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Tribe adopts building code

Scott Csernyik

7/16/2001 12:00:00 AM

To help ensure the safety of its residents while also guaranteeing a standard for construction activities, a Saginaw Chippewa Tribal Building Code has been adopted for the Isabella Reservation community.

The measure-which took effect July 16-was unanimously approved at the regular session of Tribal Council on July 3.

"It's going to help the people, not hurt them," stated Ronald J. Jackson prior to the adoption of Resolution 01-091. Jackson also serves as the Tribe's Housing Division manager. Community members were informed of the decision in a July 3 letter from Chief Phillip G. Peters Sr.

"As of July 16, 2001 (the effective date of the ordinance), any construction activity taking place on Tribal or allotted lands will need to comply with the new ordinance. The ordinance adopts the new 2000 International Mechanical, Plumbing, Building and Residential codes. It also adopts the 1999 National Electrical Code."

The Tribal Building Code is applicable to Tribal or allotted lands on the Isabella Reservation in District 1 and District 2 (Saganing).

Saginaw Chippewa Planning Director William Mrdeza said implementation of the building code was necessary given the tremendous amount of residential and commercial construction taking place on the Isabella Reservation.

"This allows the Tribe to act like any other form of government in protecting the health and welfare of its residents," Mrdeza said. "The building code acts as a guide for minimum standards to be met in a variety of trades. It also provides a means for the Tribe to enforce those measures.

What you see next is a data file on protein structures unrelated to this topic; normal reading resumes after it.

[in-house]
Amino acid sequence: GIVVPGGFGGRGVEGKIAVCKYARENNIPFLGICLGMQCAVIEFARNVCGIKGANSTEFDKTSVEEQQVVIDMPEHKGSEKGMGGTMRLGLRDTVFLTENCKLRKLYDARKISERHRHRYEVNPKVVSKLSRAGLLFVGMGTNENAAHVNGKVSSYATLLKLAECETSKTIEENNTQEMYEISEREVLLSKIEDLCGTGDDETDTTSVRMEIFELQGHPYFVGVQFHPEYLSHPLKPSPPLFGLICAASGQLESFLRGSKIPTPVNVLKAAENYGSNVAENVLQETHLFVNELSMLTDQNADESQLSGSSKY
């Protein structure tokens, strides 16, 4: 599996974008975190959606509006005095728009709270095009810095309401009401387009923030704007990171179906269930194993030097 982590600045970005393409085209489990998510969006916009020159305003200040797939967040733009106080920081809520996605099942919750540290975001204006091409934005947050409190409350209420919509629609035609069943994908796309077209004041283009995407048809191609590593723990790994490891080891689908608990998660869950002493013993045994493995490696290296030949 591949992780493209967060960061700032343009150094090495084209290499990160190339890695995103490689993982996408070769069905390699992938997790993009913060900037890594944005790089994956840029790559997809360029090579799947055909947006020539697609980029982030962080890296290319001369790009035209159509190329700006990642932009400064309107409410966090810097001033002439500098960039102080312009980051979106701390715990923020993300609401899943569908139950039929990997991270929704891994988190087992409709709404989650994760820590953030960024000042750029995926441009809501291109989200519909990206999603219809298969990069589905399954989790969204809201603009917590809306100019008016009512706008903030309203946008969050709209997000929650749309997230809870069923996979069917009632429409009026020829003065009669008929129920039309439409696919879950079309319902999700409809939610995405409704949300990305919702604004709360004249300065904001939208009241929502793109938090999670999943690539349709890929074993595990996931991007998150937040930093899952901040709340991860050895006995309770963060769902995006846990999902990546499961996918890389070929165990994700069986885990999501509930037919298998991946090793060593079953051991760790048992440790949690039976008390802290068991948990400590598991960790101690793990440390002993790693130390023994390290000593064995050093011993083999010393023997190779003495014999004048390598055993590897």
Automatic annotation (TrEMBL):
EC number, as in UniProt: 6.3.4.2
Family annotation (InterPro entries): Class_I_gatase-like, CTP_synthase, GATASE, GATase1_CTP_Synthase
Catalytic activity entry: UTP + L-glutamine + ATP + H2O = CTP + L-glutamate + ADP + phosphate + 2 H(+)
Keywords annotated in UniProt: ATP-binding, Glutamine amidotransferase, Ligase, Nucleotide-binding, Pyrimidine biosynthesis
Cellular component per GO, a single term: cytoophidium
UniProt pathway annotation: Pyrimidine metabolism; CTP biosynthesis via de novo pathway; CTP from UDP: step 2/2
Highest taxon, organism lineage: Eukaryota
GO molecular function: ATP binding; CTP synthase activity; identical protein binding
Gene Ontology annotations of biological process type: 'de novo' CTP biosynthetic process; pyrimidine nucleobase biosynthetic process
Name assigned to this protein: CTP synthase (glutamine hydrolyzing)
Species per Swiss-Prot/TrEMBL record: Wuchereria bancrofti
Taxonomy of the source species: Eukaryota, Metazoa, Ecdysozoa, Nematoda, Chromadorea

"The work needs to be performed by someone who is licensed. There also is a component which provides for an inspection program."

Mrdeza also stated the building code allows for legal recourse against contractors who may not perform quality work.

"None of us want to pay a premium price for substandard work," he added.

Upon the code's implementation, construction on trust or Tribal lands will first require a building permit.

"Permit fees are based upon the cost of the building project with a minimum fee of $15," the letter further stated. "The ordinance also establishes the Office of Tribal Building Code Enforcement within the Planning Department and creates the position of Code Compliance Officer. Initially, it is anticipated the duties of compliance and enforcement will be contracted out until such time as the created position can be posted and filled."

Mrdeza said the reason for taking out a permit is to make sure the Tribe is aware of what activity is taking place.

"That way they can inspect it and make sure it meets the minimum standards so it is safe," he explained.

Tribal officials are hoping the action will be well-received by the community.

"This is not something the Tribe has dreamed up," he added.

The codes are created by the International Code Council (ICC), which was established in 1994 as a nonprofit organization dedicated to developing a single set of comprehensive and coordinated national model construction codes.

"Code enforcement officials, architects, engineers, designers and contractors can now work with a consistent set of requirements throughout the United States," according to information from the ICC Web site. "This uniform adoption would lead to consistent code enforcement and higher quality construction."